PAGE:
As indicated above, the terminal housing is mounted immediately below the splicing housing and the interior thereof communicates with the interior of the splicing housing by means of apertures formed through their common walls. Wire pairs are passed through the apertures and connected to appropriate terminals on the standard terminal block. A plurality of fins are provided on the interior of the terminal housing box whereby the terminal block may be mounted therein in spaced apart relation from the box walls.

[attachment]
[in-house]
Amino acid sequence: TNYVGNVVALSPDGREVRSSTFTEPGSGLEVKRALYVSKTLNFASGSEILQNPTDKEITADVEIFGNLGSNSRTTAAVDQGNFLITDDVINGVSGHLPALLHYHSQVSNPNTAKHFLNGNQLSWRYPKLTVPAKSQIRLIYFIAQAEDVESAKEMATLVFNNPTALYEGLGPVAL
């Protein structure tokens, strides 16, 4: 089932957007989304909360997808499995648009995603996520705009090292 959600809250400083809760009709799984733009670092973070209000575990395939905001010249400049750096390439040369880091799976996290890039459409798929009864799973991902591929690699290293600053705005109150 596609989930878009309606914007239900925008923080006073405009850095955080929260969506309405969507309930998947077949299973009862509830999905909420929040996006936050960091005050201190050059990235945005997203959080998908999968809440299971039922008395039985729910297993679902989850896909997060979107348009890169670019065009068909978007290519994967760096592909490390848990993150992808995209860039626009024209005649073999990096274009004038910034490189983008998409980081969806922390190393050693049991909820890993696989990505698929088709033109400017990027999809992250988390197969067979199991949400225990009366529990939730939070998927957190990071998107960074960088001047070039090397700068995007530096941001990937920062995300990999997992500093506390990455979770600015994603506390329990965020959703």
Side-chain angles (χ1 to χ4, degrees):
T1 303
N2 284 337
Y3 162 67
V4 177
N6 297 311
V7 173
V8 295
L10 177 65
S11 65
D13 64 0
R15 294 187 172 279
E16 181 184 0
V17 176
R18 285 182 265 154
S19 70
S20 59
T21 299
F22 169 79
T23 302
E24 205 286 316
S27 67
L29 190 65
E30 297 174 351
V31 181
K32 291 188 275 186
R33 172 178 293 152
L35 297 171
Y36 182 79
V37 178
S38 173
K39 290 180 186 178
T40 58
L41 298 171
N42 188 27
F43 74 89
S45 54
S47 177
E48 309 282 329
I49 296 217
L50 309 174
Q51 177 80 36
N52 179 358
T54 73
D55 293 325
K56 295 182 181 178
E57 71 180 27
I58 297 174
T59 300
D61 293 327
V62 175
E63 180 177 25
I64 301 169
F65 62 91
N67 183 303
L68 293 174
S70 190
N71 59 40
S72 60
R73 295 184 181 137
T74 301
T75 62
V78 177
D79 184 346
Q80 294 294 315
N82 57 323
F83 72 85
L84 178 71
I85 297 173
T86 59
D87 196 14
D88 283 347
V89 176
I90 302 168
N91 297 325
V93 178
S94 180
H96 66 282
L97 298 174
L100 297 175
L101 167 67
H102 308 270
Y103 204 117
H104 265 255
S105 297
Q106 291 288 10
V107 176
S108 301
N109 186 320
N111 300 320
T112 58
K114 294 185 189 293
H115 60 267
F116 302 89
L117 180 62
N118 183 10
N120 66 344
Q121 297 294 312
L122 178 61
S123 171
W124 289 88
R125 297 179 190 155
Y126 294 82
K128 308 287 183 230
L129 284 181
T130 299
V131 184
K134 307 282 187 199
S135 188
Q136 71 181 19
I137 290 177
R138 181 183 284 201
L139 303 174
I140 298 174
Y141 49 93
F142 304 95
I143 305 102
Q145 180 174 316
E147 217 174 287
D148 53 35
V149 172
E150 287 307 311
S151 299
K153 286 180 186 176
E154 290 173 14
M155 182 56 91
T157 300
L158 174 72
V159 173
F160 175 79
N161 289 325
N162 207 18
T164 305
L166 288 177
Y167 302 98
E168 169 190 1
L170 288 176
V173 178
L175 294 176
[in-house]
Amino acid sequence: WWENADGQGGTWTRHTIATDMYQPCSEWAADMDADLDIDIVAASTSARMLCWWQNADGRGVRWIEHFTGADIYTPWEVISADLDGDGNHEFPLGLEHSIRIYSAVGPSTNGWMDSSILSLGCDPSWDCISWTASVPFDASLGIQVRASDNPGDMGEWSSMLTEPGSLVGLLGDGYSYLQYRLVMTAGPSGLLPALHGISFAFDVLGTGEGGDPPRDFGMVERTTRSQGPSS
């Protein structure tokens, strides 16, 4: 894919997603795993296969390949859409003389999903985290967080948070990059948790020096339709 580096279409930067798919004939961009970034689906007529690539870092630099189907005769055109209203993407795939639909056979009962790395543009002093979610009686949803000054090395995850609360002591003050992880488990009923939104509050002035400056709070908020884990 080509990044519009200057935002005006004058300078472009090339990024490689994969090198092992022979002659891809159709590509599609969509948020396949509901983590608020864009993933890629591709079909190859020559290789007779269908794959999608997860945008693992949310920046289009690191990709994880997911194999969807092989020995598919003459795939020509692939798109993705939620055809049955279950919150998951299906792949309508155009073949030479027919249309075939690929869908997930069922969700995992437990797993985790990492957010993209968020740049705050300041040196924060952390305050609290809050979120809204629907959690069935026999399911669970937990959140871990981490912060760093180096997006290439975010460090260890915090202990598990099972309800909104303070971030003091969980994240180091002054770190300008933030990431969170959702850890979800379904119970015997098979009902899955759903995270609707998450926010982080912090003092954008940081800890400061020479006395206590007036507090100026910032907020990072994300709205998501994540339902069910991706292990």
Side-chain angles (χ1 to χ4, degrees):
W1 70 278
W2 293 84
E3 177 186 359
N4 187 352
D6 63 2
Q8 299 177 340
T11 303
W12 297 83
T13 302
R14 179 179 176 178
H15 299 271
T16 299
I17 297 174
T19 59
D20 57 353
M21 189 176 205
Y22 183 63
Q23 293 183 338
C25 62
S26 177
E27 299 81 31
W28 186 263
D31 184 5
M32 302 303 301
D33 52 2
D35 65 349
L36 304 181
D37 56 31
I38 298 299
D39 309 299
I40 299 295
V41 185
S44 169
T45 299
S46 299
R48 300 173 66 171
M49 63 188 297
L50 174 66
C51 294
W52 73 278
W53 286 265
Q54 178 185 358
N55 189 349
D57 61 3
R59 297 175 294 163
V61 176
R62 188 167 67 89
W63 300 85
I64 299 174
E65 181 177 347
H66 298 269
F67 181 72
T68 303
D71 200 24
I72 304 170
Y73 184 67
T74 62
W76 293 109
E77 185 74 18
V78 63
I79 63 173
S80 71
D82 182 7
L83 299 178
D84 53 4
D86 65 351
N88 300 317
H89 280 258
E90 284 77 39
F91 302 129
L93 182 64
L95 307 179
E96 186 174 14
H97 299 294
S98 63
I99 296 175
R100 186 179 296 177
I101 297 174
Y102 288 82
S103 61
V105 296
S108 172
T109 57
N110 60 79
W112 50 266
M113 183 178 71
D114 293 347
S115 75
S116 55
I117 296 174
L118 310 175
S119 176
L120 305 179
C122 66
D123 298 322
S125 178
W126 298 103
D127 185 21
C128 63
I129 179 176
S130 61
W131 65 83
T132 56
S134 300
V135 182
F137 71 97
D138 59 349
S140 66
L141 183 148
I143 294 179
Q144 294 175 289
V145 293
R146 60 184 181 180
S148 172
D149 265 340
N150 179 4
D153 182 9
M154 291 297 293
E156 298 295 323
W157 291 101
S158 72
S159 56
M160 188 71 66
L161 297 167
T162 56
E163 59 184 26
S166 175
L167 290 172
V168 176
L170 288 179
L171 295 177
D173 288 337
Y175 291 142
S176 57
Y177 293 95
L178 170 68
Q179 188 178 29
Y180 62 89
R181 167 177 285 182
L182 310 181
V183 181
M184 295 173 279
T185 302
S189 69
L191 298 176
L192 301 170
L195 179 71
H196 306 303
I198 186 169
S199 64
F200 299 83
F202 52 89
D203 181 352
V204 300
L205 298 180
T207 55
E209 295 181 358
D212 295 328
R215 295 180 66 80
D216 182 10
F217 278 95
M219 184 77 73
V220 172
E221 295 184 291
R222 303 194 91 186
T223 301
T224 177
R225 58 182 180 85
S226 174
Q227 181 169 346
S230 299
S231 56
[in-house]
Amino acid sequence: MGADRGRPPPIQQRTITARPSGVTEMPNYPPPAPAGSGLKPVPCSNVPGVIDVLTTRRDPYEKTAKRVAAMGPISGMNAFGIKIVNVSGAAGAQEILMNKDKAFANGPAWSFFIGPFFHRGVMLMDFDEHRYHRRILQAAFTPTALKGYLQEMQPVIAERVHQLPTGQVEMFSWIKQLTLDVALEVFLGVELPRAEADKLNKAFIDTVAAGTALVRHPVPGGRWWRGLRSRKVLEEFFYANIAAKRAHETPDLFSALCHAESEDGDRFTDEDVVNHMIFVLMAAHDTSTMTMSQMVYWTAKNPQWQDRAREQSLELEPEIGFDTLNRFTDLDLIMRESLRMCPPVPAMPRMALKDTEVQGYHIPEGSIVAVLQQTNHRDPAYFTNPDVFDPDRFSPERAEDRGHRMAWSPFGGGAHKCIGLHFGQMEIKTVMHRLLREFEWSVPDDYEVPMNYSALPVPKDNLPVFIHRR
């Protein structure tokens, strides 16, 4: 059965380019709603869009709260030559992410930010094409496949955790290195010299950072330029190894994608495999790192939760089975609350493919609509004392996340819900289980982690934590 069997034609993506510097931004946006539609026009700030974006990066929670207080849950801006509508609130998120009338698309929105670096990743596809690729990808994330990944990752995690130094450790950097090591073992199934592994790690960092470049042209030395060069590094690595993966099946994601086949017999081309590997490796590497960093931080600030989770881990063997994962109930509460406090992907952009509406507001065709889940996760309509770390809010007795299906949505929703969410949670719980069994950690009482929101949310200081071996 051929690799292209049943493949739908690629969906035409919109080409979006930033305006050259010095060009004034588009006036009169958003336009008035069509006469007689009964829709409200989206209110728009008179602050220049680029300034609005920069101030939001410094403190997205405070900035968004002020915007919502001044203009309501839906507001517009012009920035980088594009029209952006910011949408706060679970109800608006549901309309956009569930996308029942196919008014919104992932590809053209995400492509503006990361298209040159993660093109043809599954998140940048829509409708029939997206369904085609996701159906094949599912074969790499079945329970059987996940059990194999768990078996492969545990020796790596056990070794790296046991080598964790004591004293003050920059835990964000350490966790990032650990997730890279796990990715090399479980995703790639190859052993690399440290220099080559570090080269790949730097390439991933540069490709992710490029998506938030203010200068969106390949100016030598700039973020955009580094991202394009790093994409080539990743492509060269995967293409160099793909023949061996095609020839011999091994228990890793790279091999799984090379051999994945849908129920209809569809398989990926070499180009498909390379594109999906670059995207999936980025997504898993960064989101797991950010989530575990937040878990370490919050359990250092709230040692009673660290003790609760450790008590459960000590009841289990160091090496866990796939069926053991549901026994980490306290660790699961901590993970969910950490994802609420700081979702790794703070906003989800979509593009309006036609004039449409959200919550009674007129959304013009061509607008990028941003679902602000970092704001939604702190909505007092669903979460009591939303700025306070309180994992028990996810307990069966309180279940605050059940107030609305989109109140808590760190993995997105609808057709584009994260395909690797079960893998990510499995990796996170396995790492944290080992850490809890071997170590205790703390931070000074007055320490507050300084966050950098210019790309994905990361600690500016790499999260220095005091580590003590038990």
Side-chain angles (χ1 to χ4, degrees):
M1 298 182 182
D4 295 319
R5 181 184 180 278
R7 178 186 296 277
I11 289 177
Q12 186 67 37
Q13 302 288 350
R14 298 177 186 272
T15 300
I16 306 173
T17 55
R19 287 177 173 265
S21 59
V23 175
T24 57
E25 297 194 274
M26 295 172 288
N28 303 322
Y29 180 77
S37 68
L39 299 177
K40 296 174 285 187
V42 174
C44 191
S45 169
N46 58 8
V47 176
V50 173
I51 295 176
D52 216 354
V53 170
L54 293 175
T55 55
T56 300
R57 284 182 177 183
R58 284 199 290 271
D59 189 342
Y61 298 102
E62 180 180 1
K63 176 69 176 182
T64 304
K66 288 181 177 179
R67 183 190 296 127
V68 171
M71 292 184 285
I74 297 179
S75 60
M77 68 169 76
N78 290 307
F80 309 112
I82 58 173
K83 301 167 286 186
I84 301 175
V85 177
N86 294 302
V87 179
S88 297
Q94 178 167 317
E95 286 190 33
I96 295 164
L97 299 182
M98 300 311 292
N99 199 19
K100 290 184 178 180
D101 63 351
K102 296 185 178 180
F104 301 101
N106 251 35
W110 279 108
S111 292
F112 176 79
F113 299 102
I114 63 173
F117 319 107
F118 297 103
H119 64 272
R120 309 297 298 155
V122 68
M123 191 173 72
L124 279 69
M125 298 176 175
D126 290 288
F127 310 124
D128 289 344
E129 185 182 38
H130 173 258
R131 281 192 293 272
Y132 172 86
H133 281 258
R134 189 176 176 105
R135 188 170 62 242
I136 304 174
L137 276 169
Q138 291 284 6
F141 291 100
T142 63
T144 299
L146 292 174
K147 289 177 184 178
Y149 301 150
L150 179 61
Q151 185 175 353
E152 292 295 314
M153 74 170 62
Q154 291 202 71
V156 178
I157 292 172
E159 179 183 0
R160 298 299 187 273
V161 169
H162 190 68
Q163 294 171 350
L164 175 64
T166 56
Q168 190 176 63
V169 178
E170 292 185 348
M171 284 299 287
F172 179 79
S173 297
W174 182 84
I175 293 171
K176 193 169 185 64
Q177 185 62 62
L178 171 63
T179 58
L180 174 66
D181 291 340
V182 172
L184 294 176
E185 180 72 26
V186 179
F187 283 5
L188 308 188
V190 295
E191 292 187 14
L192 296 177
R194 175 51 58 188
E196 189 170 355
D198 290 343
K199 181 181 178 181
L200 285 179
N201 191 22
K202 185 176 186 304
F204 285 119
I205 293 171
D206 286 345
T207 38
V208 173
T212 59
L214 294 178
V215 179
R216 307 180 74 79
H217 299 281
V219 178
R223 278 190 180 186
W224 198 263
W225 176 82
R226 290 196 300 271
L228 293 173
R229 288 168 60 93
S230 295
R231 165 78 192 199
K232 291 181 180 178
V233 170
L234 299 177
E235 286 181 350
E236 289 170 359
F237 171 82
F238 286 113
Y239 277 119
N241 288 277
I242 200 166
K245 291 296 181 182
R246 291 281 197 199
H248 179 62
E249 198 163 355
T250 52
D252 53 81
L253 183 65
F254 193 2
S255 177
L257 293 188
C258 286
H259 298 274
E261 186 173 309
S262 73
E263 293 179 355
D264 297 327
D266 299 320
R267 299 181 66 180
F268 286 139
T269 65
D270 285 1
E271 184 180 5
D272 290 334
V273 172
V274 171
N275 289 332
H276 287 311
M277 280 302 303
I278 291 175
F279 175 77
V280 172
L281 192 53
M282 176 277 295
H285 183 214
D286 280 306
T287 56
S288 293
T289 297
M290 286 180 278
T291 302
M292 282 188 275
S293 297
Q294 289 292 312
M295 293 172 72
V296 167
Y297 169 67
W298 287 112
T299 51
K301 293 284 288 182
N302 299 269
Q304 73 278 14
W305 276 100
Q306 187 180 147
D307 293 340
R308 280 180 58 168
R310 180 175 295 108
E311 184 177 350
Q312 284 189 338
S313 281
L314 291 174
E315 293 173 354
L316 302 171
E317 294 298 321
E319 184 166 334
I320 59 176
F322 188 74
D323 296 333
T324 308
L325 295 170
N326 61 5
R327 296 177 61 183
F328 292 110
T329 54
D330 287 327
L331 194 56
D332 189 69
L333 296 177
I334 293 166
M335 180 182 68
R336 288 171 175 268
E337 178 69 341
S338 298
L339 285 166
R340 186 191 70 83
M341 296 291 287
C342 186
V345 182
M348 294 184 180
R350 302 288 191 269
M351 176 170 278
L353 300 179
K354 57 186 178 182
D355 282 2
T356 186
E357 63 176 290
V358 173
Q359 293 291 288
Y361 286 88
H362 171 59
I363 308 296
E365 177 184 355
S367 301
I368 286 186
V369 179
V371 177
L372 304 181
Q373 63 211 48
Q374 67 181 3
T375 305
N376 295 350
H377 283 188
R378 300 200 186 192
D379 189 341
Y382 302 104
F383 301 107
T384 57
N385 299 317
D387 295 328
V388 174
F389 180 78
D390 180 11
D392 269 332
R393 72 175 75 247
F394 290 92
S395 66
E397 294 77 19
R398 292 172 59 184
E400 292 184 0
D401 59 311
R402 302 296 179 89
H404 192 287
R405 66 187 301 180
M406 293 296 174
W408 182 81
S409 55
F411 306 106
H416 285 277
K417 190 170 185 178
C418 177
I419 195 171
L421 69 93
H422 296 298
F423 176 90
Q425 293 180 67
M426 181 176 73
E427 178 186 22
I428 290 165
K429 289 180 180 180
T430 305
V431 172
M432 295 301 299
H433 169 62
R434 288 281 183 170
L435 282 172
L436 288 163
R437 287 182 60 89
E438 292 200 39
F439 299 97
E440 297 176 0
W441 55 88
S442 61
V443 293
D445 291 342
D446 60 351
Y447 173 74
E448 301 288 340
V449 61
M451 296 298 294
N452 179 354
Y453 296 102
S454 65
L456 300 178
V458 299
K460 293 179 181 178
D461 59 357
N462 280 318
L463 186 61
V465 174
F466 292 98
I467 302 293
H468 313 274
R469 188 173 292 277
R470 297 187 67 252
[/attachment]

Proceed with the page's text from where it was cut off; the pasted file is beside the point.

The splicing housing hinged cover as well as the terminal housing hinged cover each comprises a plurality of hinge sleeves formed in spaced apart relation along their hinged edges; and the spacing of the hinge sleeves is such that the splicing housing cover sleeves alternate with the terminal housing cover sleeves. Furthermore, each of the sleeves has a slot formed therein, and the interior of the slot is dimensioned and configured to pivot about the common hinge pin. Thus, because the terminal housing is mounted beneath the splicing housing, the hinged cover of the splicing housing opens downwardly while the hinged cover of the terminal housing opens upwardly. Another feature of the aerial terminal of this invention is that the hinged cover of the splicing housing is provided with at least one dimple, and the hinged cover of the terminal housing is provided with at least one corresponding protrusion. The shape and placement of the corresponding dimple and protrusion are such that when either cover is opened, it will be releasably held in that position by engagement of the protrusion with the corresponding dimple.